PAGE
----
Skip to main content

Novel Portable Carbon Nanotube Array Based Microfluidic Platform for Rapid Characterization of Virus

By 5th February 2020No Comments

The following study was conducted by Scientists from The Pennsylvania State University, New York University, USA. Study is published in Proceedings of the National Academy of Sciences Journal as detailed below.

Proceedings of the National Academy of Sciences (2020); 117(2): 895-901

A Rapid and Label-Free Platform for Virus Capture and Identification from Clinical Samples


Viruses evolve rapidly and unpredictably, challenging the effectiveness of disease diagnostics. To help control outbreaks and understand their origins, the first step is often isolating viruses from infected samples for characterization. We demonstrate that multiple emerging virus strains can be simultaneously enriched and optically detected in only a few minutes without using any labels. A portable platform that captures viruses by their size, coupled to Raman spectroscopy, resulted in successful virus identification with 90% accuracy in real time directly from clinical samples. Furthermore, this viable enrichment process enables further culturing and characterization by electron microscopy and deep sequencing. This microplatform is an effective disease-monitoring system and broadens virus surveillance by enabling real-time virus identification.


Emerging and reemerging viruses are responsible for a number of recent epidemic outbreaks. A crucial step in predicting and controlling outbreaks is the timely and accurate characterization of emerging virus strains. We present a portable microfluidic platform containing carbon nanotube arrays with differential filtration porosity for the rapid enrichment and optical identification of viruses. Different emerging strains (or unknown viruses) can be enriched and identified in real time through a multivirus capture component in conjunction with surface-enhanced Raman spectroscopy. More importantly, after viral capture and detection on a chip, viruses remain viable and get purified in a microdevice that permits subsequent in-depth characterizations by various conventional methods. We validated this platform using different subtypes of avian influenza A viruses and human samples with respiratory infections. This technology successfully enriched rhinovirus, influenza virus, and parainfluenza viruses, and maintained the stoichiometric viral proportions when the samples contained more than one type of virus, thus emulating coinfection. Viral capture and detection took only a few minutes with a 70-fold enrichment enhancement; detection could be achieved with as little as 102 EID50/mL (50% egg infective dose per microliter), with a virus specificity of 90%. After enrichment using the device, we demonstrated by sequencing that the abundance of viral-specific reads significantly increased from 4.1 to 31.8% for parainfluenza and from 0.08 to 0.44% for influenza virus. This enrichment method coupled to Raman virus identification constitutes an innovative system that could be used to quickly track and monitor viral outbreaks in real time.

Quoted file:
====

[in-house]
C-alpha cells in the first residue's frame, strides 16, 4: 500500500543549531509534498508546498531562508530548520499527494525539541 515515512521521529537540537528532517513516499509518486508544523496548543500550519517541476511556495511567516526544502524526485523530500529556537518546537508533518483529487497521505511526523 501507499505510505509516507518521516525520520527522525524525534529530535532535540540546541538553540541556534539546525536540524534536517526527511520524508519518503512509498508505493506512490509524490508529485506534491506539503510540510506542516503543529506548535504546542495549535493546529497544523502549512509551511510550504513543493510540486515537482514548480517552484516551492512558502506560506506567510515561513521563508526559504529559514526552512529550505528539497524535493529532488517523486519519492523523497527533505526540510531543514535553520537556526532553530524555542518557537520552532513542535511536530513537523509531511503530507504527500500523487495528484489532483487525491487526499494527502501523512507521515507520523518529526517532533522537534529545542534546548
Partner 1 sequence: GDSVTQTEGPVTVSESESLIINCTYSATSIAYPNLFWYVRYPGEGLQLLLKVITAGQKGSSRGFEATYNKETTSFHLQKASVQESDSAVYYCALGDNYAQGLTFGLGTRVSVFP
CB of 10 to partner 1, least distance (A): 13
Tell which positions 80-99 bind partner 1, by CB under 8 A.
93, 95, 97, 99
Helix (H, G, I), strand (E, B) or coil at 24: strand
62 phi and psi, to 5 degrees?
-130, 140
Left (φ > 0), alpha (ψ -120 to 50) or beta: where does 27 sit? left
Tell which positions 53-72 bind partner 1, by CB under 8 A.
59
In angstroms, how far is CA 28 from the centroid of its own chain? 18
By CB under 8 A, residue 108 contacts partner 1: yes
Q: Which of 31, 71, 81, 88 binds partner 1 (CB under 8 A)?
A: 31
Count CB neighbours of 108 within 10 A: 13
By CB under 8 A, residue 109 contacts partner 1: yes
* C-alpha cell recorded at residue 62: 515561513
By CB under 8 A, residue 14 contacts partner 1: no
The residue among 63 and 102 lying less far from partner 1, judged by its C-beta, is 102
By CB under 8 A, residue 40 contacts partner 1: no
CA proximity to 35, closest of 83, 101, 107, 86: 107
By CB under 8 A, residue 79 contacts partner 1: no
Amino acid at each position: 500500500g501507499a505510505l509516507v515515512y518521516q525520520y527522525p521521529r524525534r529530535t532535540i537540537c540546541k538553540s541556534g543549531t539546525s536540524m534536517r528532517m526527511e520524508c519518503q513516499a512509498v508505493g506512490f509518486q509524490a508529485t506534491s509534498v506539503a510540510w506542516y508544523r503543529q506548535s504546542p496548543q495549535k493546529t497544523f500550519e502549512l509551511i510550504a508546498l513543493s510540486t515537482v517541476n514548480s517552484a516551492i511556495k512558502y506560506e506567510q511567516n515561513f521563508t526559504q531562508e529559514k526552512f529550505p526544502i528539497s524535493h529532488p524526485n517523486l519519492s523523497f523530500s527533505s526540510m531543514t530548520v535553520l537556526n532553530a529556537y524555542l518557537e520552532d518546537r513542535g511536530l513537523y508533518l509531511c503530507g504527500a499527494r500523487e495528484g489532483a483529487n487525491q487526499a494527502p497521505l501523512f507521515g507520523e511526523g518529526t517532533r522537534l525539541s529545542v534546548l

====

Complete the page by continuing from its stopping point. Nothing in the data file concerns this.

Proceedings of the National Academy of Sciences



Yeh, Y.-T., K. Gulino, et al. (2020). “A rapid and label-free platform for virus capture and identification from clinical samples.” Proceedings of the National Academy of Sciences 117(2): 895-901.